August 16, 2017

As the Ag Business Ages, Young Farmers Face Challenges

The Locavore

Photo Credit: Nicole Adamson

Diamond Hill Farm proprietor Carter Dodd sells produce at the Athens Farmers Market, which can be an inconsistent way to make a living.

As the idyllic nursery rhyme goes, “Old McDonald had a farm,” but what happens after Old McDonald passes on? Who takes over the farm? With the average age of today’s farmer nearing 60 and fewer family members poised to take over, many are wondering, where is Young McDonald?

Most likely, working on a small, sustainable farm. Organic farming has attracted a new generation of farmers in their 20s and 30s who want to reconnect with their food, and Athens farmers reflect that trend.  

“I began to realize our food system was taking a turn for the worse, and I wanted to participate in bringing good food to our local community,” says Full Moon Farm’s Eva Farfour. After working with conventionally grown perennial and annual flowers for several years, Farfour wanted to explore sustainable, organic methods of growing. She hasn’t looked back.

“Now, not only am I satisfying my own desires to be outside and work with beautiful plants, but I can share the bounty of this hard work with others that also appreciate it,” she says.

Diamond Hill Farm’s Carter Dodd worked at The Foundry (formerly The Melting Point) for eight years before transitioning into farm life. Though he loved being part of Athens’ music scene, he says the constant pace put a strain on his mental health.

“I needed something that would allow me to have a healthier career,” Dodd says. “I really enjoy growing plants, and cooking and eating what we grow.”

But it takes more than a desire to work the land to start a farm. New farmers face hefty start-up costs to access land, cover labor and buy all the necessary equipment, seeds and soil amendments. Farfour says that, on average, it takes $100,000 to get a small farm started and running efficiently, and conventional loans are hard to come by.

“We would not be able to do this without off-farm income,” says Dodd. “I worked my full-time job the first year farming, and we did not take out any loans.” Dodd and his wife, Shelley, have put every dollar back into the business since they started in 2012, and may see a debt-free winter this year for the first time.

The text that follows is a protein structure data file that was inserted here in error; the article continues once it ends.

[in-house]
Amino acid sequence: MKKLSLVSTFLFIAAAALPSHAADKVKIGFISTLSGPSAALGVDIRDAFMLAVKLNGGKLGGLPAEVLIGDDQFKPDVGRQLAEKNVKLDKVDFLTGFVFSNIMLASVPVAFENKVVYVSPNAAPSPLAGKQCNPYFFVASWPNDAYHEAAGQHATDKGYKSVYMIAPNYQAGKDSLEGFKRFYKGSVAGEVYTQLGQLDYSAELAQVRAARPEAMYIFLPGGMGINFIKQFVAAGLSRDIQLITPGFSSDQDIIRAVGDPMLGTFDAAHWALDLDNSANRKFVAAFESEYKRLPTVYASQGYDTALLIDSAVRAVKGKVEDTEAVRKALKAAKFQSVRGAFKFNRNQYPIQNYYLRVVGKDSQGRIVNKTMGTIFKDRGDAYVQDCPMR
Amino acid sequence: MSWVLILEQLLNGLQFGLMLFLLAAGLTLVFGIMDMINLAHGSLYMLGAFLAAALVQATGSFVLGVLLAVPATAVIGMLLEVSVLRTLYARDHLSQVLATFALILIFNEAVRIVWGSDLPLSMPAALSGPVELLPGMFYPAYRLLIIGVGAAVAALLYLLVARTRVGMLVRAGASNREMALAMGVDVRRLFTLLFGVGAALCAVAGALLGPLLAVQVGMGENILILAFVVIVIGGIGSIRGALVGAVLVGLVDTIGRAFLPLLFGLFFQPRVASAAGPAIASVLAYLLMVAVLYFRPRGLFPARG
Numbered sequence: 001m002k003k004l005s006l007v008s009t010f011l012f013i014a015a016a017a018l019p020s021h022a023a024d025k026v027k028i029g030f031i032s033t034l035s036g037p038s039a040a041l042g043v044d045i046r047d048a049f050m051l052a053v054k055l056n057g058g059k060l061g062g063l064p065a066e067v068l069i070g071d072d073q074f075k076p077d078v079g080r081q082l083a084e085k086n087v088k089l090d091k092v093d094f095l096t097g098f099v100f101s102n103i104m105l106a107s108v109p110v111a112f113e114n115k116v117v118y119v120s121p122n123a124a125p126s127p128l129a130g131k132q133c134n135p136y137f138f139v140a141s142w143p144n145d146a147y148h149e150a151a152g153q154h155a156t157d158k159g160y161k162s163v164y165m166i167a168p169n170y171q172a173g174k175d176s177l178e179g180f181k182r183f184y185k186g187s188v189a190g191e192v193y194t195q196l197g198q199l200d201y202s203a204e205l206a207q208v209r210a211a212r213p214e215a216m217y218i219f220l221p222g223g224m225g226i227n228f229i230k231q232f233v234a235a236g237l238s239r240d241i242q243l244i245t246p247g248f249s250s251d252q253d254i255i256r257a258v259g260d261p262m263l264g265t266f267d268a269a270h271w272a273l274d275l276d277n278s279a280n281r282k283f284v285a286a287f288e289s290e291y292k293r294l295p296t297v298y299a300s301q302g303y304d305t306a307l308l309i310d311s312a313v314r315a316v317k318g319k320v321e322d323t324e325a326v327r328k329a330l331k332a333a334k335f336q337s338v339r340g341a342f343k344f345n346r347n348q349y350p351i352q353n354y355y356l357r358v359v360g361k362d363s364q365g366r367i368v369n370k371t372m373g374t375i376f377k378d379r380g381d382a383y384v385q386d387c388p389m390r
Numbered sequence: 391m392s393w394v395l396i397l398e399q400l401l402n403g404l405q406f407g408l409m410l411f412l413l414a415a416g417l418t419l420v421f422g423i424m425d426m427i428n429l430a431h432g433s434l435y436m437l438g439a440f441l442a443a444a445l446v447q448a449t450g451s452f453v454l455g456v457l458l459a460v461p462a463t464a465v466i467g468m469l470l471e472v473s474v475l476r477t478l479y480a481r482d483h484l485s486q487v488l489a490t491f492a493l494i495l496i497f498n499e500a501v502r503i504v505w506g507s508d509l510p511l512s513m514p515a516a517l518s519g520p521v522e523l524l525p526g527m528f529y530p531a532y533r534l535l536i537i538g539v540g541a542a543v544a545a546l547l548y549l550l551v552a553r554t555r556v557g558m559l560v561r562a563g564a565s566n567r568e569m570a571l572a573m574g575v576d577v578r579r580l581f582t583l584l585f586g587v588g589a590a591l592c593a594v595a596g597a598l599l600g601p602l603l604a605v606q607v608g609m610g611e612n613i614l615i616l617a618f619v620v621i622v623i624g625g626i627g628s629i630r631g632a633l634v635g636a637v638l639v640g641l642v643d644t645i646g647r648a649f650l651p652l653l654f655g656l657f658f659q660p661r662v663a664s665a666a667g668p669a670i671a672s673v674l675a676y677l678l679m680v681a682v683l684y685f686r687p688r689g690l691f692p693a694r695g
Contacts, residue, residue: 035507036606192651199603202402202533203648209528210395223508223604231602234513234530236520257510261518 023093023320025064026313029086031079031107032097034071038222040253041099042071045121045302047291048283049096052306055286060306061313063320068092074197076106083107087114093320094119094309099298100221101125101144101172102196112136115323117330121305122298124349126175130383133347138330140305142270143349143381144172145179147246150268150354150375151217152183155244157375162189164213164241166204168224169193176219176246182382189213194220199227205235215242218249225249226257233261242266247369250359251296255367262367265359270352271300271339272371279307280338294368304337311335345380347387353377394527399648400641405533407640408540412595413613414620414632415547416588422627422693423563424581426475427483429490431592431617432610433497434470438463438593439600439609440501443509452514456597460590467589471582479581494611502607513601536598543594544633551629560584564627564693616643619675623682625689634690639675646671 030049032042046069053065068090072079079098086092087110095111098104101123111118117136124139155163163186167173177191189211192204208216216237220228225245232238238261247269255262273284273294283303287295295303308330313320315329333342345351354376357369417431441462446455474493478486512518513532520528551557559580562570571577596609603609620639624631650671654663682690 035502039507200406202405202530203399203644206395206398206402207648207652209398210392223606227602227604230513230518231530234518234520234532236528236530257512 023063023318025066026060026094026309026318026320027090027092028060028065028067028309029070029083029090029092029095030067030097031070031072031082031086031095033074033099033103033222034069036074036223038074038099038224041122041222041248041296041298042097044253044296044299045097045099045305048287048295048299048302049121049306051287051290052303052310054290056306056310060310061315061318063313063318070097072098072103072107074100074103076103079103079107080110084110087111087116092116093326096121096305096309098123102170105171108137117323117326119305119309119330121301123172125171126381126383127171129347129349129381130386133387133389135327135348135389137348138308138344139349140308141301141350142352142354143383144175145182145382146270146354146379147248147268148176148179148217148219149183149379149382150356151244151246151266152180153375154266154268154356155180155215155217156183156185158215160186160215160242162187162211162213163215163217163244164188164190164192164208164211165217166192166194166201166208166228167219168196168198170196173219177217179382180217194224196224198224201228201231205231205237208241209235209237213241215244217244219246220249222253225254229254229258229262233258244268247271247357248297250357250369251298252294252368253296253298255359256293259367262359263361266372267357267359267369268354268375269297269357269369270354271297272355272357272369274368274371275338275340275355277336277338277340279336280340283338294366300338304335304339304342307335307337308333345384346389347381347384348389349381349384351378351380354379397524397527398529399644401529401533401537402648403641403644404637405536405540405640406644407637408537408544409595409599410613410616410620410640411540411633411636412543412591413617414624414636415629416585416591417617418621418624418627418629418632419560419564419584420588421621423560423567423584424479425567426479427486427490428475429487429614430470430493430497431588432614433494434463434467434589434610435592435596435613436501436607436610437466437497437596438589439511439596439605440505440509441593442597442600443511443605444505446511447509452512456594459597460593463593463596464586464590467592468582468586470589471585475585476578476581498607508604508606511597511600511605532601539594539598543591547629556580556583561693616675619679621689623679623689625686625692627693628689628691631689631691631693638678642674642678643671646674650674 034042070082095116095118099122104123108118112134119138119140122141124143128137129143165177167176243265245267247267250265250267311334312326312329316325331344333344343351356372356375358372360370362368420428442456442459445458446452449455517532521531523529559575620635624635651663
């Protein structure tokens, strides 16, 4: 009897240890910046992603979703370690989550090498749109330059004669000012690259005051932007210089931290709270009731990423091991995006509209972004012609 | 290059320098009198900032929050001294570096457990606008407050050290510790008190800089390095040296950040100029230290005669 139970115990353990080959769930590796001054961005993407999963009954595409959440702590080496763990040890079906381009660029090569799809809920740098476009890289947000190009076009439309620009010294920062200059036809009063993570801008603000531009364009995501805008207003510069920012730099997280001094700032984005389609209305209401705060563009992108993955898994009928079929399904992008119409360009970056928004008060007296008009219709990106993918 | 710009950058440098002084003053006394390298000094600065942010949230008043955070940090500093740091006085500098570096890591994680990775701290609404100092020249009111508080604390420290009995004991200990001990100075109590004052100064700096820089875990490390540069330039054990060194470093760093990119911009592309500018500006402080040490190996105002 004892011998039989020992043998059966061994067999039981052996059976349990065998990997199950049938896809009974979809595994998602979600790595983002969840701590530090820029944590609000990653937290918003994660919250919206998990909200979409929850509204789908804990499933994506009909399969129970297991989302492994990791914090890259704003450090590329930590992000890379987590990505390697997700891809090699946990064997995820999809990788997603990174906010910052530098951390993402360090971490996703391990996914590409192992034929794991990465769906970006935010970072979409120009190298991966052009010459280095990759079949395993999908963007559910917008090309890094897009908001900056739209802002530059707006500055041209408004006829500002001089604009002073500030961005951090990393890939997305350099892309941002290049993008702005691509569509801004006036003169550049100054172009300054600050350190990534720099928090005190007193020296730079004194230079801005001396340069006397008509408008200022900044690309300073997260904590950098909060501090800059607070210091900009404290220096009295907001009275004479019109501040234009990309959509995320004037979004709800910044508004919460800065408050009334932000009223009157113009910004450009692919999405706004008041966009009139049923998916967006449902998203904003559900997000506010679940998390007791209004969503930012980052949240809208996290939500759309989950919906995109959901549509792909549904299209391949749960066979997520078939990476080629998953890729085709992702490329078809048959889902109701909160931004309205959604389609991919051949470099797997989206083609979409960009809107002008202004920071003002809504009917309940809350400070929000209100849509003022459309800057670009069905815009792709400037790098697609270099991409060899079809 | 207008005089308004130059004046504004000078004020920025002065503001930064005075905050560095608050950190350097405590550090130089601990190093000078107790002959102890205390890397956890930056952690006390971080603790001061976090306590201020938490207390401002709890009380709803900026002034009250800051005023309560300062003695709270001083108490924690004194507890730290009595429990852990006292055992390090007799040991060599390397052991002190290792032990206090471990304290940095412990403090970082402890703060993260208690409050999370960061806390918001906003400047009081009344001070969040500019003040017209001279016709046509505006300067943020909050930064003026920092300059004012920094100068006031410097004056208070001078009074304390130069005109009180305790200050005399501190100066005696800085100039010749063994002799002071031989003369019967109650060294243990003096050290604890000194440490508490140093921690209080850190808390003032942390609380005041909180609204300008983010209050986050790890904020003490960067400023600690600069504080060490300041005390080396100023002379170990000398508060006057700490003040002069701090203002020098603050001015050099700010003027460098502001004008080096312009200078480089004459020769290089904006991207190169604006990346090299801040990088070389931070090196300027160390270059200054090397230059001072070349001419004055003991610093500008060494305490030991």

Despite these challenges, Athens’ farming community has grown steadily over the past years, thanks in part to the community’s appetite for locally grown foods. Of course, farmers markets play an essential role in introducing farmers like Farfour and Dodd to new customers, but CSAs can offer additional support to local farms.

Selling at markets can be risky, says Collective Harvest CSA manager Rachel Waldron. “It is a constant guessing game of what the shoppers will want each week, what the other farmers at the market have to offer and how successful the farmer is at drawing customers to their market stand,” she says.

A CSA model is more stable. Members sign up and pay in advance, so farmers can more easily gauge what their production needs will be in the months to come, and they receive money up front to start the season. This is especially important for a new farmer starting out. Member support from Day One can help get a farm off the ground.

Once a farm is up and running, it’s a matter of improving productivity, which can be tricky on an organic farm. New farmers in Athens have access to UGA’s extensive education resources, and they have each other. Sometimes the best way to learn about a new organic farming technique is from your neighbor.  

The USDA has done its part to support the revival of the small family farm. For now, the agency funds a variety of grants and services, like the Natural Resource Conservation Service, that provide support direct financial support to small farms.

Though he never expects to be “rich,” Dodd says the work is rewarding enough because it offers the healthy, fulfilling lifestyle he wants. “Some sacrifice for money, while we sacrifice for lifestyle.”

Farfour, too, finds reward in the work. “Owning and operating a small business will show you what you are made of,” she says. “The rewards are the smiles on people’s faces and the stories of their favorite dishes they made with your food. The reward is that we eat well every day. It's the memories that we create with the experience of living.”